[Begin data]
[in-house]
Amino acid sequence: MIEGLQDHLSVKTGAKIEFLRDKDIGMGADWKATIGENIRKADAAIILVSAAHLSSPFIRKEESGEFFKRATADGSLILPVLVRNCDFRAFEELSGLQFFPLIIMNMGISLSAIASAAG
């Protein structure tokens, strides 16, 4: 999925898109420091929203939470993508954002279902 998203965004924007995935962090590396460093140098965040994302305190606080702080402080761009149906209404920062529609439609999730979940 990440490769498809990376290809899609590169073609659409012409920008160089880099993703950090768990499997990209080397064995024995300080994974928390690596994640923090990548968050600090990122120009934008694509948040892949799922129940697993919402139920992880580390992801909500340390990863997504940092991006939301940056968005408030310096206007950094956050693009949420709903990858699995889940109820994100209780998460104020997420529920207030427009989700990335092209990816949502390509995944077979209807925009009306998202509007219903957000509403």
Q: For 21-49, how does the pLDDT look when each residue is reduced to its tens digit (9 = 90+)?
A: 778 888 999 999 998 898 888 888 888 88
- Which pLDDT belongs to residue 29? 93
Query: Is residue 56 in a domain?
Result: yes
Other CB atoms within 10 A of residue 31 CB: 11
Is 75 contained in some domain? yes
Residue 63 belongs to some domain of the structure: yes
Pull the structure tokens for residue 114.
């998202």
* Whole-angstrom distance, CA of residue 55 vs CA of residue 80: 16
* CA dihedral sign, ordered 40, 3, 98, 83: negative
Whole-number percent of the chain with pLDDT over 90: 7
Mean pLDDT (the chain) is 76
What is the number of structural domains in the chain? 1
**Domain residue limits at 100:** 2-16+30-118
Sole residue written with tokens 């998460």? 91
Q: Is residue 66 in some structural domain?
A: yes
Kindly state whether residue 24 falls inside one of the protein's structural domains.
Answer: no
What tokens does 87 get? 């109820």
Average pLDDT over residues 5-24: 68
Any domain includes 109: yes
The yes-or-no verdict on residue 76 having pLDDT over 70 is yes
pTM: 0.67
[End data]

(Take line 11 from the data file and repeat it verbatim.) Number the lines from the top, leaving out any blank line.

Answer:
Residue 63 belongs to some domain of the structure: yes